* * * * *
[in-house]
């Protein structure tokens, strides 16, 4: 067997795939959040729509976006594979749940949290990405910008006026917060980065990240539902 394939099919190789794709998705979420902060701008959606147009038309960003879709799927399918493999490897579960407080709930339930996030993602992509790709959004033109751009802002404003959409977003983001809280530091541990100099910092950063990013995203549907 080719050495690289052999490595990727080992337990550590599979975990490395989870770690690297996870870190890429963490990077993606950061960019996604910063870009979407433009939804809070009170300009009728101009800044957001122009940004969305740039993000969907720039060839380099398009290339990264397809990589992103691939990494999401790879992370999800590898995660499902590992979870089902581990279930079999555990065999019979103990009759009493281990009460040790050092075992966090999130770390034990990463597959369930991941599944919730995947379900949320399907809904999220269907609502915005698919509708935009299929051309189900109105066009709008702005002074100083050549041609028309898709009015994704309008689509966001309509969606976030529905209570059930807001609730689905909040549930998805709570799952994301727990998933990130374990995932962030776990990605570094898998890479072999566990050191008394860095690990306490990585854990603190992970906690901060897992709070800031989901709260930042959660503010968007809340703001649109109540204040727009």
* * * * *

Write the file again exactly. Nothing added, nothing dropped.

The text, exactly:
[in-house]
């Protein structure tokens, strides 16, 4: 067997795939959040729509976006594979749940949290990405910008006026917060980065990240539902 394939099919190789794709998705979420902060701008959606147009038309960003879709799927399918493999490897579960407080709930339930996030993602992509790709959004033109751009802002404003959409977003983001809280530091541990100099910092950063990013995203549907 080719050495690289052999490595990727080992337990550590599979975990490395989870770690690297996870870190890429963490990077993606950061960019996604910063870009979407433009939804809070009170300009009728101009800044957001122009940004969305740039993000969907720039060839380099398009290339990264397809990589992103691939990494999401790879992370999800590898995660499902590992979870089902581990279930079999555990065999019979103990009759009493281990009460040790050092075992966090999130770390034990990463597959369930991941599944919730995947379900949320399907809904999220269907609502915005698919509708935009299929051309189900109105066009709008702005002074100083050549041609028309898709009015994704309008689509966001309509969606976030529905209570059930807001609730689905909040549930998805709570799952994301727990998933990130374990995932962030776990990605570094898998890479072999566990050191008394860095690990306490990585854990603190992970906690901060897992709070800031989901709260930042959660503010968007809340703001649109109540204040727009």